Guest Writer for Wake Up World
Quite recently I was visited by a friend who, during our conversation, said that he was appreciating my efforts contributing to a change I want to see in the world, yet he added that he thought that I was wasting my time trying, since nothing ever changes regardless of how much corruption and crime is exposed.
Hearing the truth in his words, for a moment I imagined the joy I would undoubtedly experience by removing myself from all the negativity, stupidity, sickness, deception, corruption and evil I see in the world, focusing instead on my private life, dedicating myself to my beautiful family and my work. But that joy begins to vanish when I imagine my 3 year old daughter speaking to me in 30 years, asking what I could have done to make this world a better place?
What would I answer her if I were silent now?
One doesn’t need to be an environmentalist to see the ongoing destruction of our planet. One doesn’t need to be a doctor to diagnose the illness of this world. One doesn’t need to be a genius to see the cliff we are approaching, rapidly gather momentum. One only needs to pay attention to see it all.
Staying up late that night I was thinking about the mass fish and bird deaths worldwide (1) , millions of dying bees (2), rivers catching fire (3), air sold in bottles (4), cancer rates skyrocketing, reaching epidemic proportions (5), and other things which I thought would be exciting scenes for a science fiction horror movie shown on the big screen. But real life events evoke other feelings.
If I were religious person, I would think humanity was cursed and what we seeing now is Judgment day in slow motion. But since I’m not, I rather think it has to do with the environmental pollution caused by the industries of death. From their limited perspective, life is seen as opportunity to profit, a resource on the quest to wealth.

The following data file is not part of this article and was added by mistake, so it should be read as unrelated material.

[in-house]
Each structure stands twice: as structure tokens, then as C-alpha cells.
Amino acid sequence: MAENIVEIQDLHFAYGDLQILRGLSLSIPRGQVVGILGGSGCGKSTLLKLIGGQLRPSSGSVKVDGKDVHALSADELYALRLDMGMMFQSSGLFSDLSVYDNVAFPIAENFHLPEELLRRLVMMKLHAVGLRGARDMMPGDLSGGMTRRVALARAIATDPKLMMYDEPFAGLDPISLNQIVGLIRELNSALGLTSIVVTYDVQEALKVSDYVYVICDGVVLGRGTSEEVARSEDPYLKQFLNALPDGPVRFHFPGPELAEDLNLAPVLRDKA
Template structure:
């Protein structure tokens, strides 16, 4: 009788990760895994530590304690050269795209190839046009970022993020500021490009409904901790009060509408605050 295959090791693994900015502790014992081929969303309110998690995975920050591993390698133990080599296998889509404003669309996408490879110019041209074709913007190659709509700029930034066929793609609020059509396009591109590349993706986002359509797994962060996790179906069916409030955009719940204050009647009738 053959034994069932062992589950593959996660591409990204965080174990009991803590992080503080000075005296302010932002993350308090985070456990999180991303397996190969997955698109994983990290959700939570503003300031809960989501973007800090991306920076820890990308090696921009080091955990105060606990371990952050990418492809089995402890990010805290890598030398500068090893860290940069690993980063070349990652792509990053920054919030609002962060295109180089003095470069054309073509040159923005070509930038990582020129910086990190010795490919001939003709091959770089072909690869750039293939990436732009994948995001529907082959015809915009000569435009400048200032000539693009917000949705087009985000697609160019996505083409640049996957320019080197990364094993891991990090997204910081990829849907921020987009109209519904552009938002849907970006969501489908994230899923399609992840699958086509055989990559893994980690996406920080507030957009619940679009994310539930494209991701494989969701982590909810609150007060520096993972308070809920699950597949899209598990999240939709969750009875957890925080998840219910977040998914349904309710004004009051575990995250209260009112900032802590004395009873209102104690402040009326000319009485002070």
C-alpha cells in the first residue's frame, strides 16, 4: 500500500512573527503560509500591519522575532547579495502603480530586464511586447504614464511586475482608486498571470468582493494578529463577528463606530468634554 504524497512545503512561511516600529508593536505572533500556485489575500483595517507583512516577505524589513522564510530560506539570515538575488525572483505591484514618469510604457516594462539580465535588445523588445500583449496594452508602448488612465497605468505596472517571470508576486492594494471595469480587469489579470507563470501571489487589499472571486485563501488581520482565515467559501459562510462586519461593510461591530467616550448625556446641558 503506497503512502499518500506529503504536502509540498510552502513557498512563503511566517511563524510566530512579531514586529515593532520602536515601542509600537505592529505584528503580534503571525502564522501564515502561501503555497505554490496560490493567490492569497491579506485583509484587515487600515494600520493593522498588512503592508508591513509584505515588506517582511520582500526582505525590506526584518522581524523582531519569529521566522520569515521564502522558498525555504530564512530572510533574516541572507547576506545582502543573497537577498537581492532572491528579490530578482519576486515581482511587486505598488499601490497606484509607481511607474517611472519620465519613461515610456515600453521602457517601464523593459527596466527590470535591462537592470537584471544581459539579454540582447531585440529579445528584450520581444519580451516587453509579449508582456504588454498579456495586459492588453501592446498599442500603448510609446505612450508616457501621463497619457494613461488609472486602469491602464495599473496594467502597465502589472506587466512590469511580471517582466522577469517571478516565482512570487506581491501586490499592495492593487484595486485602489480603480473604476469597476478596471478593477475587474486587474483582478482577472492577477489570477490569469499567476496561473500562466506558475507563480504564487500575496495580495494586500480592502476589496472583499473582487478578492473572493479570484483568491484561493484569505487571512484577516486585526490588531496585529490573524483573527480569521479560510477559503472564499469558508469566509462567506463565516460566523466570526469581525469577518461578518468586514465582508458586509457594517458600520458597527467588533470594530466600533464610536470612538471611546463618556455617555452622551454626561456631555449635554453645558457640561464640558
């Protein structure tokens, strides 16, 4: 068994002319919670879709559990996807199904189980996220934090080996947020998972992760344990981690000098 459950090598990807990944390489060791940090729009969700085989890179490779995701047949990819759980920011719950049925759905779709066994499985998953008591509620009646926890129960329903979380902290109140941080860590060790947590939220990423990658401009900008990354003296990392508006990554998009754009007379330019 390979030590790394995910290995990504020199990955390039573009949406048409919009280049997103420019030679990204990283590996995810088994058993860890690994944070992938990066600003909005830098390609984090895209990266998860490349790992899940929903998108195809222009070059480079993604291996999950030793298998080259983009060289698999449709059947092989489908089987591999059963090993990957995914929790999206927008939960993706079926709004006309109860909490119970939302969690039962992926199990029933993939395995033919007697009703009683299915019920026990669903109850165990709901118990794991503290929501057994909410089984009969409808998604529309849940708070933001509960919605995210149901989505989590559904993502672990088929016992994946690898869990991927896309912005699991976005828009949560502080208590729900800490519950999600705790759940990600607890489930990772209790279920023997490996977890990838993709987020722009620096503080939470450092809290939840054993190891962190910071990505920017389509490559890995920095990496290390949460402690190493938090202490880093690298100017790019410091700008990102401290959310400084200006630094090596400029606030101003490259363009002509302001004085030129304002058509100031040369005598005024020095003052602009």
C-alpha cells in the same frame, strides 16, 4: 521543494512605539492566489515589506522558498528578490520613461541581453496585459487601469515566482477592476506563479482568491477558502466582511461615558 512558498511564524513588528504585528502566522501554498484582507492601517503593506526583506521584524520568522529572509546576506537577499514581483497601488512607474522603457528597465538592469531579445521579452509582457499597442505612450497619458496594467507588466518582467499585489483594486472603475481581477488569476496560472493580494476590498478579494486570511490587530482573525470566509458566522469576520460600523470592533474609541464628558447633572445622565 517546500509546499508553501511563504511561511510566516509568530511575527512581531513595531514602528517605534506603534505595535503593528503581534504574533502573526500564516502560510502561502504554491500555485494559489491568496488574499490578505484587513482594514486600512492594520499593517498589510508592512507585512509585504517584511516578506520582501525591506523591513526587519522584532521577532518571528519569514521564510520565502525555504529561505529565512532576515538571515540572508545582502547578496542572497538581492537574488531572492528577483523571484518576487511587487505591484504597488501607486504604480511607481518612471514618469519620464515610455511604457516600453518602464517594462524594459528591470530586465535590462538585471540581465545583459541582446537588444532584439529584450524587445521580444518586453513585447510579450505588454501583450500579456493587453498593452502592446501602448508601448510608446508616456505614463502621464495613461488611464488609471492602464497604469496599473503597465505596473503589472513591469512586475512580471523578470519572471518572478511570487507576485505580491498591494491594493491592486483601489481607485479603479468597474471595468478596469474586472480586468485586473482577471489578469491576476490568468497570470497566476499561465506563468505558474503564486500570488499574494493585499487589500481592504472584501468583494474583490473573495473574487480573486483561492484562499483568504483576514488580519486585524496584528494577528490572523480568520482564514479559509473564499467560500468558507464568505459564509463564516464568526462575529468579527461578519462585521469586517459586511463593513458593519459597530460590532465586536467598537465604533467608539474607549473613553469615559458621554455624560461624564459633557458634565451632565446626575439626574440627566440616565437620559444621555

How strange it is to measure human progress in the amount of trash we produce, piles of which soon will compete in height with the magnificent Andes. (6)
How foolish it is to think that an economic model built on the skeletons of nature and misery of the people is sustainable and destined to last.
How depressingly stupid it is to turn our planet into a moon before realizing that we cannot eat, drink or breathe money.
What would money mean on a dead planet?
I kept thinking about how dangerous humanity has become with an ability to smash an atom while being unable to recycle mountains of trash, or having the capability to manipulate genetics yet failing to recognize consciousness even in human beings, let alone in other forms of life. Is this what we are to call progress? Is this evolution?
How much have we evolved if we cherish oil and shiny metals more than life itself? (7) Does sucking our planet dry and letting our kids inherit debris seem to be intelligent? Evolved?
It doesn’t take being a prophet to see into the future from where we are now. Collapse of eco-systems due to extreme pollution is rather a logical consequence than a prophetic vision. To see the world which once was thriving, smoldering, is like expecting puddles after rain.
I would imagine evolution as being an evolution of human consciousness, maturing into a resonance with the planetary mind, realizing itself as being a part of the whole. At that level of connection, trashing the environment would be unthinkable like poisoning our own bodies.
So the question arises: Can we still turn things around and bring about real change?
I think we can, if we come together and defend our human right to exist and enjoy a healthy social and natural environment, which is the birthright of each human being.
Updated November 2014
Previous articles by Sergey:
- Beyond Paracas: Humanoid Remains Found in Cusco, Peru
- Searching for Evidence of Extraterrestrial Life in the Pre-Historic Cave Art of Bolivia
About the author:
Part of Sergey’s ‘awakening’ has been his work with shamans and sacred medicine plants in North and South America. In his search for truth and the meaning of life, Sergey’s path took him through four continents, four countries, four cultures, and four languages, far beyond the walls of religious institutions and far above the boundaries of the “ego”. His book “Path” is Sergey’s story of his search for answers to intimate questions and a true connection with Nature.